Part XXXVI– Real Self and false self
The individual or jIva arises as a combination
of ‘I am’ plus the localized entity
of body, mind and intellect with which I identify
myself. This false identification of myself (a
conscious entity) with ‘this’ or
non-self (an inert entity) is called an error
of superimposition or adhyAsa. This was discussed
earlier with reference to Brahman and the world.
This false self is called ‘ego’ or
ahaMkAra or localized I.
For the purpose of analysis, Vedanta classifies
the body as made up of gross elements in the
form of the body (sthUla sharIra) and subtle
elements in the form of the mind and intellect.
sharIra, body, actually means that which slowly
disintegrates. Thus all the bodies are ultimately
perishable in time. The subtle body consists
of thoughts or more accurately the flow of thoughts,
just as a flow of water is called a river.
Based on functions, the subtle body is further
classified into four components:
1) mind or manas, the emotional center
2) intellect, buddhi, the discriminative center
3) ego or ahaMkAra and
4) memory, chitta.
We can group all these together and refer to
them as mind.
We discussed some aspects of ego before in respect
of identification of ‘I am’ with
thought patterns or thought-content. In all my
worldly transactions at the level of vyavahAra,
when I say ‘I am’, it is the ego
that I identify with as the individual. Since
the ego is centered on the existent-conscious
entity that I am, it behaves like a conscious
entity, although the consciousness is actually
similar to a reflected consciousness. It is similar
to moon light, which is nothing but a reflected
light from the sun. Hence it has no existence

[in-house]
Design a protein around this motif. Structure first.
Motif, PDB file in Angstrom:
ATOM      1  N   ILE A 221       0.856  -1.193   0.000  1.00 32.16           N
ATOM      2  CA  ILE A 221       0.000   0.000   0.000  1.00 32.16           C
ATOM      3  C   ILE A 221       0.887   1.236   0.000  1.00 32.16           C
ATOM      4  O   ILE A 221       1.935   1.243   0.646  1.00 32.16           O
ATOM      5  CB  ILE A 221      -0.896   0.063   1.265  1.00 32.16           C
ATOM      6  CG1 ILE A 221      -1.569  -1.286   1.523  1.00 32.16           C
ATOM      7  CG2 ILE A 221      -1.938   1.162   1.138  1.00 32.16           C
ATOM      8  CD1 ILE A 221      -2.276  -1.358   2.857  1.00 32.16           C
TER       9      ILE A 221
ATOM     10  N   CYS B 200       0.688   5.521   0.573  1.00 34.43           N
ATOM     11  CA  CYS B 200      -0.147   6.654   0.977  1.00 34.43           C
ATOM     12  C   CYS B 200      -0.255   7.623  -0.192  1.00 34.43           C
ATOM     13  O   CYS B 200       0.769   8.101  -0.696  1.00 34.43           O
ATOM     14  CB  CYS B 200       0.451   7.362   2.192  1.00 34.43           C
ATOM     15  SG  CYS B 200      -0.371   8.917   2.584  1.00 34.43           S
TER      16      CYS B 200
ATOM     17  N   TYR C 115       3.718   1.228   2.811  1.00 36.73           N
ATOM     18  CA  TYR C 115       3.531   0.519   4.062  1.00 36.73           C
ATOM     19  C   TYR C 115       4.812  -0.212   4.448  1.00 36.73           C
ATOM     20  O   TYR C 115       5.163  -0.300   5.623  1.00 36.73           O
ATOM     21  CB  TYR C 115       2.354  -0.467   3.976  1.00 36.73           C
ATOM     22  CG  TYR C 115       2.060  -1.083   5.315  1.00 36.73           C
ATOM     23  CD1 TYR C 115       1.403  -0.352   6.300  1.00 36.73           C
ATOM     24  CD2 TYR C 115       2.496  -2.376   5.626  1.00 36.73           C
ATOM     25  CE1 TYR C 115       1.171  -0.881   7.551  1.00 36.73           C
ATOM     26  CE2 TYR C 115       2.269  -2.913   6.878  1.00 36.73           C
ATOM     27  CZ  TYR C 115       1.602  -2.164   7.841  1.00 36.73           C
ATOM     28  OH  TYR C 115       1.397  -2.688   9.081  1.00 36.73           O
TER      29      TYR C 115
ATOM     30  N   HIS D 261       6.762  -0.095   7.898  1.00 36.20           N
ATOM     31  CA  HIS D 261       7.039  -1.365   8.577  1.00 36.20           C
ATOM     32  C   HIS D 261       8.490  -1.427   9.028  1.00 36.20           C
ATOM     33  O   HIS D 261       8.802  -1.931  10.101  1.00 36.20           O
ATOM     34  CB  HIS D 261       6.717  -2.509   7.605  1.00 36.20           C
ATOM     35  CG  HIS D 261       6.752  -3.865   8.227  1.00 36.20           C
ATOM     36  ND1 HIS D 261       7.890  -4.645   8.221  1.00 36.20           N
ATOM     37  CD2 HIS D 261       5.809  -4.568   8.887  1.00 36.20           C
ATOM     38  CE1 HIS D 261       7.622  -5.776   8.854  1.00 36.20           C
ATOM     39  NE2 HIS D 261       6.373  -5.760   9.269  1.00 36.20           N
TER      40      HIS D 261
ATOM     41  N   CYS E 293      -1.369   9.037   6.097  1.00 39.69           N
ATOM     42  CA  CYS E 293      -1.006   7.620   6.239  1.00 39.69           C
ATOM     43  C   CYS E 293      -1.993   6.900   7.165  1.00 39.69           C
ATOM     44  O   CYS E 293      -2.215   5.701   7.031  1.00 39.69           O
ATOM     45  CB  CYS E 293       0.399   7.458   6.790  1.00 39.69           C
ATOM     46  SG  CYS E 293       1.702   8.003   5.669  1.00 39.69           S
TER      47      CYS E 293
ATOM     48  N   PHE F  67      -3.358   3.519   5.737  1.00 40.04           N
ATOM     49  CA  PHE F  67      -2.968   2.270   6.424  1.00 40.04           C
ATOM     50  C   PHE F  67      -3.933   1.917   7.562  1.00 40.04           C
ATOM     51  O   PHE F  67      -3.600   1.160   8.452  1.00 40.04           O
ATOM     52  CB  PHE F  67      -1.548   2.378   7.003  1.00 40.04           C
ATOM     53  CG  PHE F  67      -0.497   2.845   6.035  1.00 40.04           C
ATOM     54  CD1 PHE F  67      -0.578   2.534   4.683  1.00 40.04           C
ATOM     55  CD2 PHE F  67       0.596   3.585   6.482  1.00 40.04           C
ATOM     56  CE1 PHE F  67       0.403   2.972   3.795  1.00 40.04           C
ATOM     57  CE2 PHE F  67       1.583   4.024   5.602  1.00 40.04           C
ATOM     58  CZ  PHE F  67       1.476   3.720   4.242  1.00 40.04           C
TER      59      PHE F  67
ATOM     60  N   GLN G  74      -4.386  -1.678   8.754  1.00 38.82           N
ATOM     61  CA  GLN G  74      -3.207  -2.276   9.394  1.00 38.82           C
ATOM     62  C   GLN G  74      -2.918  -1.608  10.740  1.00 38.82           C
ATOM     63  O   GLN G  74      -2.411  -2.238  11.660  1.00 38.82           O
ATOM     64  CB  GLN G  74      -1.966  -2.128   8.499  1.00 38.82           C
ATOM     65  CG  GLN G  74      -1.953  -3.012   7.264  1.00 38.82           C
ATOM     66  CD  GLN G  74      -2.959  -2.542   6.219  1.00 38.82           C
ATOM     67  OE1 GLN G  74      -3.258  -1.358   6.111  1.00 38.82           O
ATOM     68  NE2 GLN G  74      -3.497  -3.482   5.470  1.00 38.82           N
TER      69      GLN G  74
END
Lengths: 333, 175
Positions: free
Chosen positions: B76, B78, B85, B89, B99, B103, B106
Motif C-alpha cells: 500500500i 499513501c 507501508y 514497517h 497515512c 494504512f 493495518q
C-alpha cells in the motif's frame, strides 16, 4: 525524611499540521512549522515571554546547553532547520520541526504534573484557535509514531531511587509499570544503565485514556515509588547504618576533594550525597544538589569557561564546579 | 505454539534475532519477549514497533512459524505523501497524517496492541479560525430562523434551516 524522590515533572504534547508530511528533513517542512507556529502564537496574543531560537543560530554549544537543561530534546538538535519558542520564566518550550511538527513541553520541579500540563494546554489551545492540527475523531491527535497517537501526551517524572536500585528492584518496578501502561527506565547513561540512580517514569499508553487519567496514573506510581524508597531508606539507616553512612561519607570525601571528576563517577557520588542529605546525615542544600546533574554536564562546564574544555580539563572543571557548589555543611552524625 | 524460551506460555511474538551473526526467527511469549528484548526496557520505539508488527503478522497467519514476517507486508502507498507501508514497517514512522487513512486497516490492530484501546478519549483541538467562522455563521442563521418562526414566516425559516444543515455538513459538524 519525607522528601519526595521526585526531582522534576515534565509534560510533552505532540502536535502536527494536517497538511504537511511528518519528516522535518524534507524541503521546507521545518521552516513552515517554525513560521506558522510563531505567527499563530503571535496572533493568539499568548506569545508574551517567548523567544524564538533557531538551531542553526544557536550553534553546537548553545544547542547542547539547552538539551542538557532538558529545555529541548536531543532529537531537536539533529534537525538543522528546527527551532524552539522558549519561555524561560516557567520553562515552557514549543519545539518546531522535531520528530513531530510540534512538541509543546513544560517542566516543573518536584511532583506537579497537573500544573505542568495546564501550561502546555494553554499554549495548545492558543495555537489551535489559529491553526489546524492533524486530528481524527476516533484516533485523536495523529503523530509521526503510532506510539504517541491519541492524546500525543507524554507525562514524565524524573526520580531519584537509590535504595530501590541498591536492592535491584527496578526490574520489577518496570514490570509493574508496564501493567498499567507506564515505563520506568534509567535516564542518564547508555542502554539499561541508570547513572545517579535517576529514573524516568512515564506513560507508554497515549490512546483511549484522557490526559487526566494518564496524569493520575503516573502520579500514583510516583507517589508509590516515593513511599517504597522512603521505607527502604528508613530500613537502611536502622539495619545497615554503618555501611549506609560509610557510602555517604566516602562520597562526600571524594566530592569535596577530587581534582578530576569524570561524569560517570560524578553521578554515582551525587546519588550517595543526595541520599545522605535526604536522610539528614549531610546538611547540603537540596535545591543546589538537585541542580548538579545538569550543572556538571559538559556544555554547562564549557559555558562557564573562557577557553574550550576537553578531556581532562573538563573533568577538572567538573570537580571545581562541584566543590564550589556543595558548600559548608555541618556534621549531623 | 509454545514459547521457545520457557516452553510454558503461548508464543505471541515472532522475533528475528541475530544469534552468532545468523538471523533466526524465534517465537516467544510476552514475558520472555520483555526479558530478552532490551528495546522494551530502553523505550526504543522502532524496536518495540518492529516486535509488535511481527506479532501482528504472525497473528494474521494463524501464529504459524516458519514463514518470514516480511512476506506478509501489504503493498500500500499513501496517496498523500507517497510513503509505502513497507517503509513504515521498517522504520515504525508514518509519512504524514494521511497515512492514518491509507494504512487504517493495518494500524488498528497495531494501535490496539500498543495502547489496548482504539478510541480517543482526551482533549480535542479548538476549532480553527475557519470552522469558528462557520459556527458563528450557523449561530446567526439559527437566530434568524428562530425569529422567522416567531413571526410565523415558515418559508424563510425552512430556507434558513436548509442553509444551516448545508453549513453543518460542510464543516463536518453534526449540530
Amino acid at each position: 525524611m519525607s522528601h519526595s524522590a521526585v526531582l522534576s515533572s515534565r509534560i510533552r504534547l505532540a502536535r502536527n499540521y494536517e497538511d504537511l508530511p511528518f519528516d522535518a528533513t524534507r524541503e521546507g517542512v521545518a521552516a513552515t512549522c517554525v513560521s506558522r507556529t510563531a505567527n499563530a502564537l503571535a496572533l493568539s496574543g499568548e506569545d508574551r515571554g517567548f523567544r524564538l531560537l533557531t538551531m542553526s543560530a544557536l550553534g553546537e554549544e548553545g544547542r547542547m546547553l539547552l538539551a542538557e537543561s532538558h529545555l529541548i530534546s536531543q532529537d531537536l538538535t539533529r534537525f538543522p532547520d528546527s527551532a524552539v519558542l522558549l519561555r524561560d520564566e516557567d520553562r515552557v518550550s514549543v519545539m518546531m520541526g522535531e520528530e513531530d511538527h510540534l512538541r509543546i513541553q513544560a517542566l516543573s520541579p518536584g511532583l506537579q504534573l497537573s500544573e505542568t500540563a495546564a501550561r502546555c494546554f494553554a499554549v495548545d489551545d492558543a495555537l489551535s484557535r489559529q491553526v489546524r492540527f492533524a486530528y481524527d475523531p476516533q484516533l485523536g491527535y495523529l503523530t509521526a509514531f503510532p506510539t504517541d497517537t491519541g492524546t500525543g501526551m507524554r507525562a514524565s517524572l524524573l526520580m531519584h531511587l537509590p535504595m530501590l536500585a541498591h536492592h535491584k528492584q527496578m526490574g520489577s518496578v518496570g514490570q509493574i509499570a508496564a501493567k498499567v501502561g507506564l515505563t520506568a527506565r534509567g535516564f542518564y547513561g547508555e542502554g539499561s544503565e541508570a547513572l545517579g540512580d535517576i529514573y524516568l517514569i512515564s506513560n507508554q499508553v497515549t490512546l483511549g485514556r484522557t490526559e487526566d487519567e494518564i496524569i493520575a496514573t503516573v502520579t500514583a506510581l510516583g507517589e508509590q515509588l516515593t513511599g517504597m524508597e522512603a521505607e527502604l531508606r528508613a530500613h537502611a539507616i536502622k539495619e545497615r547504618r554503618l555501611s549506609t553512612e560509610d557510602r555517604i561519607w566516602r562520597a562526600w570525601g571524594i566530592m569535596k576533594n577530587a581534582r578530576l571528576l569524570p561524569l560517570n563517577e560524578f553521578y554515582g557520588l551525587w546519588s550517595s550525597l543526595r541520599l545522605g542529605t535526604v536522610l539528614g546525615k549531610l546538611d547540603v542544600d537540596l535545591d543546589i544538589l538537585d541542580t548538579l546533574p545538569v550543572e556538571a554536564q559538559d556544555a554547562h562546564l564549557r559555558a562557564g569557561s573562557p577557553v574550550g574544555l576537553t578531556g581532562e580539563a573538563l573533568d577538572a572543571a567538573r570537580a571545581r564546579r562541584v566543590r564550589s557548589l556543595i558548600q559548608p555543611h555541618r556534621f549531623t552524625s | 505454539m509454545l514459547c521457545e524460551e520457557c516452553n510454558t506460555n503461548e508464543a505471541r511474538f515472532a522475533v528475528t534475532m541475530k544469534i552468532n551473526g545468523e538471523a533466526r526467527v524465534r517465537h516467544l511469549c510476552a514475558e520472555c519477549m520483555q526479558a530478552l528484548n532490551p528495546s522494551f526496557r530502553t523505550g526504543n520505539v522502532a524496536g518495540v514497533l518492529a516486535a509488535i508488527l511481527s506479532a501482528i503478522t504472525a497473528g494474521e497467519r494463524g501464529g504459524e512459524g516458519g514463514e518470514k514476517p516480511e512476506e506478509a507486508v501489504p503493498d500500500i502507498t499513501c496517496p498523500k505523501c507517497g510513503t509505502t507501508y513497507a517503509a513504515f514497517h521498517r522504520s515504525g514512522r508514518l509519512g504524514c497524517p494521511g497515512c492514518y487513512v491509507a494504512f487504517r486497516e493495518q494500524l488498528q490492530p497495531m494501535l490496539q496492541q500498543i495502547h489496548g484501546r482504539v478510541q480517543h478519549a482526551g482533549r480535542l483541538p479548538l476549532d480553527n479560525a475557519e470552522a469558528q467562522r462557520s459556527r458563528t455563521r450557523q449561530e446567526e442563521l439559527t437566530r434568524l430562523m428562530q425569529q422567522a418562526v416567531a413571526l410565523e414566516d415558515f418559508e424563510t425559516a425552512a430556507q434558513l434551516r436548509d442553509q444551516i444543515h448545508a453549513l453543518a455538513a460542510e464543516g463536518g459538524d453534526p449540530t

of its own, that is, there is no moon-light other
than the sun light. In other words, it has no
substantive of its own, other than the sun light.
Similarly, this body-mind-intellect complex
acts as a conscious entity in all of the worldly
transactions, but that transactability is not
of its own but comes from the conscious entity
that ‘I am’. Thus because of identification
with the BMI complex, a false ‘I’ is
created by identification of the true self with
a false self.
Are there two selves then – a true self
and a false self? No. The false self is false
and therefore has no validity of its own. The ‘true
self’ is the only reality. But at the transactional
level, the false self acts as though it is the
true self, since one has no knowledge of the
true self that one is. The error is again of
the type ‘adhyAsa’ where a false-self ‘I’ is
superimposed on the true self, ‘I’.
Hence when I ask you, “Are you a conscious
entity?” or “Are you an existent
entity?”, your immediate response is “Yes
I am”. But what you are actually implying
is: “I am an existent entity as ‘this’ and ‘this’” or “I
am a conscious entity as this individual ‘I’ with
the BMI complex”. You do not ask yourself: “How
can I be this, where ‘I am’ is the
subject and ‘this’ is an object of
Thus, the total consciousness that I am (which
is all pervading) is ‘as though’ reflected
in the local medium of reflection, the subtle body,
which then behaves as though it is itself a real
conscious entity. This reflected consciousness
(chidAbhAsa), is called jIva or the individual
self. Some refer to this as ‘soul’,
although what exactly this implies is not known.
From our analysis, it is the all pervading consciousness,
as though reflected in the local medium, subtle
body or inner equipment (antaHkaraNa) constituting
of the mind, intellect, ego and memory. An individual ‘I’ arises
by identification of total consciousness with the
Proceed to the next essay.